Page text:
The Scourge of Electronic Harassment
Author Name: TrainingABC
Posted: 06-24-2021 04:36 AM
Synopsis: Learn how electronic communication has changed the way harassment is perpetrated in the workplace and every organization must change to combat this new source of workplace harassment.
The world is changing. New technologies allow more people to work from home and less people to travel for business. Most business communication is now electronic. Electronic communication has made the workplace far more productive and efficient. However the convenience of electronic communication has resulted in far greater legal risk for organizations and their employees.
A single piece of electronic communication can travel to multiple offices and be seen by thousands of people, exponentially increasing the legal exposure for organizations. It’s critical that every employee understands that their electronic behavior is subject to the same laws and organizational policies as their behavior in the office and in face to face communication. Offensive behavior is always unacceptable regardless of the delivery method. If a remark is offensive in person, it’s offensive when delivered electronically.
What Constitutes Electronic Harassment?
Electronic harassment is the use of computers, cell phones, or other electronic devices to threaten, embarrass, intimidate, harass, or humiliate co-workers or other persons in the workplace.
Hostile Work Environment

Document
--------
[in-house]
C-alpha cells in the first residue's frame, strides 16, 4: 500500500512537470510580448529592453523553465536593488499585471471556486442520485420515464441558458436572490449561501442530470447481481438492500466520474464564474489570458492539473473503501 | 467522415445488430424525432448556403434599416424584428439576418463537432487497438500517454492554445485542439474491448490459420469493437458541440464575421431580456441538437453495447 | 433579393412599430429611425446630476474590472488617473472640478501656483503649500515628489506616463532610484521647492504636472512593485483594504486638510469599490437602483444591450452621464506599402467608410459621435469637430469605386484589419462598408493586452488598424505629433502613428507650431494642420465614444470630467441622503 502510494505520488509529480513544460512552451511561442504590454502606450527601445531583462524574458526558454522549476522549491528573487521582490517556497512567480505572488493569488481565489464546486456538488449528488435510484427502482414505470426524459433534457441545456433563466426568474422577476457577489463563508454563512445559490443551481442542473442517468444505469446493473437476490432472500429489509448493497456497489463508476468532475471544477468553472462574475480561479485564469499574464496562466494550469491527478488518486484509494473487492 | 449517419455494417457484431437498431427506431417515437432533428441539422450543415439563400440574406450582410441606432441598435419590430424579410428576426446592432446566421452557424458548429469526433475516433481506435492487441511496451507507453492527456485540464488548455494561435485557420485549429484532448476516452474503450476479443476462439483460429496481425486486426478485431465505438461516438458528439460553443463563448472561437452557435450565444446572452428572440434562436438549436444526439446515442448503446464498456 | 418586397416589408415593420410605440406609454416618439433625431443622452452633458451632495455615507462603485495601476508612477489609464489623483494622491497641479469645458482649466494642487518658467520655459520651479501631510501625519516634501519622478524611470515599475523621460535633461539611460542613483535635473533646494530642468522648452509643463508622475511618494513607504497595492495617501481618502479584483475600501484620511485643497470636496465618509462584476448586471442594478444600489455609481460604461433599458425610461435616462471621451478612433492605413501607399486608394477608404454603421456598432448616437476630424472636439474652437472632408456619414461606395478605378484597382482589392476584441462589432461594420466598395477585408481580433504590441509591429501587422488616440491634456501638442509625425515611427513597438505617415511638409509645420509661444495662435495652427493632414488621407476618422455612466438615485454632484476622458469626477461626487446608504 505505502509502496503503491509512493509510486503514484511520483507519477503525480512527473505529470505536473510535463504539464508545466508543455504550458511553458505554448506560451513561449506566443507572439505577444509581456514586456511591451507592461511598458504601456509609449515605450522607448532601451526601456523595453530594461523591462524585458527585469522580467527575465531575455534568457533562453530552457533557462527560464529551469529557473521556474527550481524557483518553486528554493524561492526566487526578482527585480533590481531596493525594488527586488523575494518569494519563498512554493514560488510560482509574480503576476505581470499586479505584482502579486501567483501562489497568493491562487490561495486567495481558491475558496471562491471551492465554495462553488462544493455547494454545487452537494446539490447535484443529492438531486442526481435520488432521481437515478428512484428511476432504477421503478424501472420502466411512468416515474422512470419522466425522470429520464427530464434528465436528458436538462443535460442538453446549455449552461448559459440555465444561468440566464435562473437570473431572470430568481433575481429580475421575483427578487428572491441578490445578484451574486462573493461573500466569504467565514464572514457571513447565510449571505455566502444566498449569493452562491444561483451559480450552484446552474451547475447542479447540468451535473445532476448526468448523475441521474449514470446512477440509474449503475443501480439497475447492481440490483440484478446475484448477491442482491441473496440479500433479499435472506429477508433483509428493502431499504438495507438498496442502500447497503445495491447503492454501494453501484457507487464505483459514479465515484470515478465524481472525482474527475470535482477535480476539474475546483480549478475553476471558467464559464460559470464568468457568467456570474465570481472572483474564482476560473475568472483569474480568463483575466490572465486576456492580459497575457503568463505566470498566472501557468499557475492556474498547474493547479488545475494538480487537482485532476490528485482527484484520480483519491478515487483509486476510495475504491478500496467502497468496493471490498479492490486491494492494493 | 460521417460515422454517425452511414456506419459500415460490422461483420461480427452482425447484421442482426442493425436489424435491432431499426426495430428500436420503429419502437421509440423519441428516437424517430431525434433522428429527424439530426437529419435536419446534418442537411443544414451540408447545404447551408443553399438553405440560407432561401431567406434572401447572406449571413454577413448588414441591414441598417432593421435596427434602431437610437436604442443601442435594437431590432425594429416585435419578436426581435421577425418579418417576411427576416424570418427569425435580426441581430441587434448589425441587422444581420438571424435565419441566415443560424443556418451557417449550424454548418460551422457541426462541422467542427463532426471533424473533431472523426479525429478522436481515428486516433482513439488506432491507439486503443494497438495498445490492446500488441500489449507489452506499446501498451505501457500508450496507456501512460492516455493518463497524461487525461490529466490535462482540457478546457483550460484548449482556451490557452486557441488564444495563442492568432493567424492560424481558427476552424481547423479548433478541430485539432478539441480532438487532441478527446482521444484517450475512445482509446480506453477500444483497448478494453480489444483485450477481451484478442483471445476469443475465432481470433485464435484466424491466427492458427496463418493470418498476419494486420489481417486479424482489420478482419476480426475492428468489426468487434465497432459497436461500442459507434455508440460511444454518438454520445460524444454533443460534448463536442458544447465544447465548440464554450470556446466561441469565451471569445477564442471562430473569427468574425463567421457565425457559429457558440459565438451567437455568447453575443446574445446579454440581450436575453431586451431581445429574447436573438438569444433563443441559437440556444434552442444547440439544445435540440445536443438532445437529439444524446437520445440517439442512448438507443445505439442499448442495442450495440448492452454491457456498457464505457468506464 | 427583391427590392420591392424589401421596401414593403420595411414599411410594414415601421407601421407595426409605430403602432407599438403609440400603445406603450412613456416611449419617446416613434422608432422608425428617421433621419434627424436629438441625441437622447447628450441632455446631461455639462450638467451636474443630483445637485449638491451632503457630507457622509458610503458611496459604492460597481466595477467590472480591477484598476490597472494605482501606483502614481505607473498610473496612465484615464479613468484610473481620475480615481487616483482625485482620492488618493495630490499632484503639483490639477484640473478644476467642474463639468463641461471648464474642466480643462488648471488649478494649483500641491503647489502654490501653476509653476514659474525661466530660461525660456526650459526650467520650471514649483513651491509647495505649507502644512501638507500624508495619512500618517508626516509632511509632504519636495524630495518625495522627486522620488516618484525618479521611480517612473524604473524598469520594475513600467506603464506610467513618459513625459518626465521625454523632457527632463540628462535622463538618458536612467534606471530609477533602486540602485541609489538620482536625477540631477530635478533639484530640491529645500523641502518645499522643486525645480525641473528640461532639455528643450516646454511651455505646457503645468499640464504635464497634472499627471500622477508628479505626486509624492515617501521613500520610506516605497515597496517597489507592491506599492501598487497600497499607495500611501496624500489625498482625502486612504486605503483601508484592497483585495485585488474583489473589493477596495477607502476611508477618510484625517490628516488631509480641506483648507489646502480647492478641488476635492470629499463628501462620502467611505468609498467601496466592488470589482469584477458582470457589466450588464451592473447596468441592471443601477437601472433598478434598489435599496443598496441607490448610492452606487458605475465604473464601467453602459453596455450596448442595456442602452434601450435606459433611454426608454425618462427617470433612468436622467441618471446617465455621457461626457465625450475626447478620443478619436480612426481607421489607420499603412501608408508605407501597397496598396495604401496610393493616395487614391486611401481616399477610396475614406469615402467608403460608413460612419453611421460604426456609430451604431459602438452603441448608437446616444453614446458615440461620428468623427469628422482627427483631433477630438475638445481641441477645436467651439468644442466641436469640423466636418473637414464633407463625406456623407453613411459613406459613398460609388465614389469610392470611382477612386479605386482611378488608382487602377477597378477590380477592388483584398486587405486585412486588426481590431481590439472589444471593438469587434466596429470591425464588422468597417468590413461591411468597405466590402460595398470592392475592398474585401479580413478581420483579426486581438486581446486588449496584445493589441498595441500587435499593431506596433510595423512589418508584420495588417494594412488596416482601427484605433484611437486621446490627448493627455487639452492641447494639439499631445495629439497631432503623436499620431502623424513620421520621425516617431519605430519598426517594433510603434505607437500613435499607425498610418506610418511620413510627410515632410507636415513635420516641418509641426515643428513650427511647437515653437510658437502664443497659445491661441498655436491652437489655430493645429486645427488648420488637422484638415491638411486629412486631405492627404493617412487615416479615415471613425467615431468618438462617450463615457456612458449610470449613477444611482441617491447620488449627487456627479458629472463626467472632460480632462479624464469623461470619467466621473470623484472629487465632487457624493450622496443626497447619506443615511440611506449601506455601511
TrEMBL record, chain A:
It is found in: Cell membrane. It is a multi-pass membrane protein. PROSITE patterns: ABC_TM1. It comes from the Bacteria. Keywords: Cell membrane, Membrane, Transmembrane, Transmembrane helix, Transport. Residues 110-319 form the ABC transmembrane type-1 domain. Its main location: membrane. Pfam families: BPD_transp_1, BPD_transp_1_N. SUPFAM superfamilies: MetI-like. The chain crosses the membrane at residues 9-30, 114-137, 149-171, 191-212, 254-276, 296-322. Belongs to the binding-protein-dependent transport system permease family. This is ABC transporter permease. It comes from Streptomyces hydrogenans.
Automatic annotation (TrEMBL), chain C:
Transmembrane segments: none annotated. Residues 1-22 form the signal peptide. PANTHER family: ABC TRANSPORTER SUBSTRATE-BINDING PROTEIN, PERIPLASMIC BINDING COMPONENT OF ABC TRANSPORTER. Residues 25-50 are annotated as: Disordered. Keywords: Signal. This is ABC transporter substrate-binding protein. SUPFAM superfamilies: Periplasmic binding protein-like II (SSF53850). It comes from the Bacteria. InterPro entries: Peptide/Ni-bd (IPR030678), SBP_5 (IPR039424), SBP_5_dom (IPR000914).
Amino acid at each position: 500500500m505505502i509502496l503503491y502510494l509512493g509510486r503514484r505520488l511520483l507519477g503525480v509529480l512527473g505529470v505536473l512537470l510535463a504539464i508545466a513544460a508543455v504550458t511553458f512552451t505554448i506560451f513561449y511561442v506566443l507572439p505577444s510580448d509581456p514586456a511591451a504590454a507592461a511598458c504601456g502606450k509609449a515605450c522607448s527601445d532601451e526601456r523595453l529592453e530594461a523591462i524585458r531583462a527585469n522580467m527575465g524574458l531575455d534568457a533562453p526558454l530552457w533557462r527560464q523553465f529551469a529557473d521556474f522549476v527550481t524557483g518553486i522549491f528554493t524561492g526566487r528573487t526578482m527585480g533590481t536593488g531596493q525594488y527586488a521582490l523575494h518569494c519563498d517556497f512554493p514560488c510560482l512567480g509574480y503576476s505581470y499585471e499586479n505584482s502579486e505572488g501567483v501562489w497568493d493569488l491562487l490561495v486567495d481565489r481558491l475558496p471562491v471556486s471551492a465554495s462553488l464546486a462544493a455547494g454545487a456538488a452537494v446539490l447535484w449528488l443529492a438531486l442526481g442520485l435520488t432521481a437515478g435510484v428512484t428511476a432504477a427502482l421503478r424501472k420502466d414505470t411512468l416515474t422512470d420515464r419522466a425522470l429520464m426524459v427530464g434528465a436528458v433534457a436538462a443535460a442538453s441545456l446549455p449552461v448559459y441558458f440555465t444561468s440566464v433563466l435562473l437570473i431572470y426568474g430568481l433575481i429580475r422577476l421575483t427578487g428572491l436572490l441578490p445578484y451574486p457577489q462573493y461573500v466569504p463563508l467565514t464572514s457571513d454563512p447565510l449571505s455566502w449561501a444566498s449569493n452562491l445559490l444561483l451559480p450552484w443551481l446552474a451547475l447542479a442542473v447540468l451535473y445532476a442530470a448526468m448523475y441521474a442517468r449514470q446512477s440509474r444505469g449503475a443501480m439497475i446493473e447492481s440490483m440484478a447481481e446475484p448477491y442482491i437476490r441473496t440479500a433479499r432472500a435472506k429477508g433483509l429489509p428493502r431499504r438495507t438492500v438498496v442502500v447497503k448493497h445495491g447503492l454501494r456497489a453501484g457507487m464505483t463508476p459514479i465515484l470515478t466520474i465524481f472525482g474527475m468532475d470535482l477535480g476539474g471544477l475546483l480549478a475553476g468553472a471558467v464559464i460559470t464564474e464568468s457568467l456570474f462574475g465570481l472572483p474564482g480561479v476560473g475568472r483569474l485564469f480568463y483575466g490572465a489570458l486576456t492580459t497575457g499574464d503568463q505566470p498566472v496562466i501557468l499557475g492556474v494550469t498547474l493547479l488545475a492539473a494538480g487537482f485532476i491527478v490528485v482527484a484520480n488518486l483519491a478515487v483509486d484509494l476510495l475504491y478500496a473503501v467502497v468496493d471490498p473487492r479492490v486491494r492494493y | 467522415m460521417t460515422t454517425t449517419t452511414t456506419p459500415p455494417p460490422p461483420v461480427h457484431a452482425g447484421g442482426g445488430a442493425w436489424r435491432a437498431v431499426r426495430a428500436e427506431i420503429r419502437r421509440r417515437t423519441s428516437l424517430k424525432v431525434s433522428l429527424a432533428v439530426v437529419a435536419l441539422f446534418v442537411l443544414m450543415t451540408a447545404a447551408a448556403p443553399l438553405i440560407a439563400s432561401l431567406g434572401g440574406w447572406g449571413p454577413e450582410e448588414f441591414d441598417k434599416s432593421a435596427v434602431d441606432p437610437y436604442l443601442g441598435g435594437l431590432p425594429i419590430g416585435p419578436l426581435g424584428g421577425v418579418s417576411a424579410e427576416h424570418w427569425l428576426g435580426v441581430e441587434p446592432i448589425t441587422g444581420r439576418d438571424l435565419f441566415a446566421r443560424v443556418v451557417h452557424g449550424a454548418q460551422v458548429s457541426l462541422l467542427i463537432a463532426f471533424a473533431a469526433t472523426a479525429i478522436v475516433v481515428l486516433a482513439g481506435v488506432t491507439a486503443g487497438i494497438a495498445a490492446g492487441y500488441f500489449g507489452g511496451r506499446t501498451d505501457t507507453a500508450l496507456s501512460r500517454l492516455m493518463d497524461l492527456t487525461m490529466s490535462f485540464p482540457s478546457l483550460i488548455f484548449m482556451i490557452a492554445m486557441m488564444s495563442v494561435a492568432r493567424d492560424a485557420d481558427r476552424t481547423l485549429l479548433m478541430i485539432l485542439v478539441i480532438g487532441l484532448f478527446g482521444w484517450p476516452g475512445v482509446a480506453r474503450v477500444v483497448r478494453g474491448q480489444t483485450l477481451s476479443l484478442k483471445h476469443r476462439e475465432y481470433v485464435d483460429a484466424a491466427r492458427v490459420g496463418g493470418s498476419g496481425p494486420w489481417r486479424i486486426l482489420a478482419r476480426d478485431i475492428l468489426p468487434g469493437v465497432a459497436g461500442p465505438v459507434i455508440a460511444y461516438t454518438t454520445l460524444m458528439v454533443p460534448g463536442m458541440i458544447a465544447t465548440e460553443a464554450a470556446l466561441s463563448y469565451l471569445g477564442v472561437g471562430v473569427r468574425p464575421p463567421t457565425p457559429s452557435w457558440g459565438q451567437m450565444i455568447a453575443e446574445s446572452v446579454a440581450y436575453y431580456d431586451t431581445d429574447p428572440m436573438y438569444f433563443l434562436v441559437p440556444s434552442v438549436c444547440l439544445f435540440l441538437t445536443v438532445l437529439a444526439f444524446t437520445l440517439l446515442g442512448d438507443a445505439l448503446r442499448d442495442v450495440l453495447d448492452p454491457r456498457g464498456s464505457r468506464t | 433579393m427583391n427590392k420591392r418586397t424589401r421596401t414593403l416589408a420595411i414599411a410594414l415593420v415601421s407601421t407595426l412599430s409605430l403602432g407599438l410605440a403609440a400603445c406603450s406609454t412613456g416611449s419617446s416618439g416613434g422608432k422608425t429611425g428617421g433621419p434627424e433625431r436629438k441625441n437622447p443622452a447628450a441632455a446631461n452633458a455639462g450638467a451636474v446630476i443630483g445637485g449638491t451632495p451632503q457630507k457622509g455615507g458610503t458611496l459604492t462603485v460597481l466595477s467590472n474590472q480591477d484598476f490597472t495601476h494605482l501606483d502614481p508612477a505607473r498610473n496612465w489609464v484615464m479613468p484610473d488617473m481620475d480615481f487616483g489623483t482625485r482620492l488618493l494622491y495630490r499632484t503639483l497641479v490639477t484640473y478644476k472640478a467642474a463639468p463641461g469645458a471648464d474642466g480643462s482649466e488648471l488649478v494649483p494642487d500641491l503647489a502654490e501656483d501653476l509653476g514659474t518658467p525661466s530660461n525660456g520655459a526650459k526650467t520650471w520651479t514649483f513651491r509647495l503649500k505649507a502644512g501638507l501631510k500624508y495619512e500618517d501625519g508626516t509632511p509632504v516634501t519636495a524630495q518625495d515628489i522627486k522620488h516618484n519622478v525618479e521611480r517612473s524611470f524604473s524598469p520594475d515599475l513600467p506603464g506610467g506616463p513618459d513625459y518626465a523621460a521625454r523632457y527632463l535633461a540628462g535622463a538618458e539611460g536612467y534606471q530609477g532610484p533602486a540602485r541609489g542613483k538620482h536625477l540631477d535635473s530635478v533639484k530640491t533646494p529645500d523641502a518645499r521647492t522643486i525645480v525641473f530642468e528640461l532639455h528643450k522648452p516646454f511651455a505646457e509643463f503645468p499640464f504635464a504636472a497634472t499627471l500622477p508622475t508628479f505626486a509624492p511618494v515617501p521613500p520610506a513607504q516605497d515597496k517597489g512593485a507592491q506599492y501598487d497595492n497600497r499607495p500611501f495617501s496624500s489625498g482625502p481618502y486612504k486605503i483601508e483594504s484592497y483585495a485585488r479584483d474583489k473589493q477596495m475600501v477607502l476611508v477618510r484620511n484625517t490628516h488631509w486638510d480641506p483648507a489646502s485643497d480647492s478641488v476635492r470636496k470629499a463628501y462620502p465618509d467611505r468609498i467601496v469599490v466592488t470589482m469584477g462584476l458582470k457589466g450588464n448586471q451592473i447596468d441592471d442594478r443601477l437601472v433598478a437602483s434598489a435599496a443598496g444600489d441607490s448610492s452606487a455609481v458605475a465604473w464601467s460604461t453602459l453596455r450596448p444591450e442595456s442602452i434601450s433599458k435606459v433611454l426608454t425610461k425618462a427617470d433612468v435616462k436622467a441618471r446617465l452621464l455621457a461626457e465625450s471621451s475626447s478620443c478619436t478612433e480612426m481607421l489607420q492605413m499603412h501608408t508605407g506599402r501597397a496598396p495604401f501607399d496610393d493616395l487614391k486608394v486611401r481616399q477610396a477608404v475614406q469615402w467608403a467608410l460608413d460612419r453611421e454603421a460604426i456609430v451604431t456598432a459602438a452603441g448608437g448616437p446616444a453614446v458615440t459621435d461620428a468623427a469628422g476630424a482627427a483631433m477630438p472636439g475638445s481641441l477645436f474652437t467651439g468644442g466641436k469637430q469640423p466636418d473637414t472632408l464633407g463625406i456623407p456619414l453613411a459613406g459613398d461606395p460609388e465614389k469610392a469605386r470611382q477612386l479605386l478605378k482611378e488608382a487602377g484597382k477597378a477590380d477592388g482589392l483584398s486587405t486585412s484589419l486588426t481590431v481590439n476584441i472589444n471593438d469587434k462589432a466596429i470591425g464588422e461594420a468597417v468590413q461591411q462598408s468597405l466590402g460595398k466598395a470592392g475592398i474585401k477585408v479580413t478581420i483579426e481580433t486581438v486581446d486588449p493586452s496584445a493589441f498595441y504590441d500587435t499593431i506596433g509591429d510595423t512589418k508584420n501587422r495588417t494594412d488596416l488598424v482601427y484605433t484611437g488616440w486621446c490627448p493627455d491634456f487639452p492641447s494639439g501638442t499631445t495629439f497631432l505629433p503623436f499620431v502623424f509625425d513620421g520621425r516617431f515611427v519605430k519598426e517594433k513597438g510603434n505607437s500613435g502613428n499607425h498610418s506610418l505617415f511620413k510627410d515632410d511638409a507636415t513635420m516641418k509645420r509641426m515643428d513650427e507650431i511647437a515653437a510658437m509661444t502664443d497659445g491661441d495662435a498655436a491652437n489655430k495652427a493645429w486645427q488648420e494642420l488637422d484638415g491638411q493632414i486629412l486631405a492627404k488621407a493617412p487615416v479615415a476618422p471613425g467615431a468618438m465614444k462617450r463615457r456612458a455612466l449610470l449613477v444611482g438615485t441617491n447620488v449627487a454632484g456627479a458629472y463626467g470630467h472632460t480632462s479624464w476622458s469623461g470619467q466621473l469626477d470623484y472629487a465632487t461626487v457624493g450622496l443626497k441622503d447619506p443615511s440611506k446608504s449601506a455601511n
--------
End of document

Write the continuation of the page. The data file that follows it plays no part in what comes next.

When electronic harassment is used to target members of a protected group and creates a hostile work environment, it can become illegal. Hostile Environment harassment occurs when a pattern of offensive conduct unreasonably interferes with an individual’s work performance or creates an intimidating, hostile or offensive working environment.
The federal government protects employees from harassment and discrimination based on race, color, national origin, religion, disability, family status (including marital status and pregnancy), sex (including sexual orientation, gender identity and transgender status), age (40 and over) and genetic information.
In addition, local laws and organizational policies prohibit the harassment of many other groups of employees.
The courts use the “Reasonable Person Standard” when determining if offensive conduct is illegal. In other words, would a reasonable person find the behavior severe enough to create a hostile work environment? The law only looks at the perception of the victim. The perpetrator’s intent is irrelevant in court.
Quid Pro Quo
Quid Pro Quo harassment occurs when a manager or supervisor withholds or awards job benefits on the basis of sexual favors. Quid pro quo harassment can also occur electronically. For instance, a manager cannot withhold or award job benefits in an effort to force employees to send inappropriate pictures or engage in sexting.
Additionally, employees may not be made to endure harassment as a condition of employment. For instance, a manager cannot tell salespeople that they will have to put up with degrading jokes and pictures sent to them electronically because this behavior is commonplace in sales departments.
Just one incidence of Quid Pro Quo harassment is illegal. It's also illegal to harass co-workers because they are perceived to be members of a protected group, even if they aren't actually members of that group. For instance, it's illegal to harass a co-worker for being Jewish, even if she isn't actually Jewish.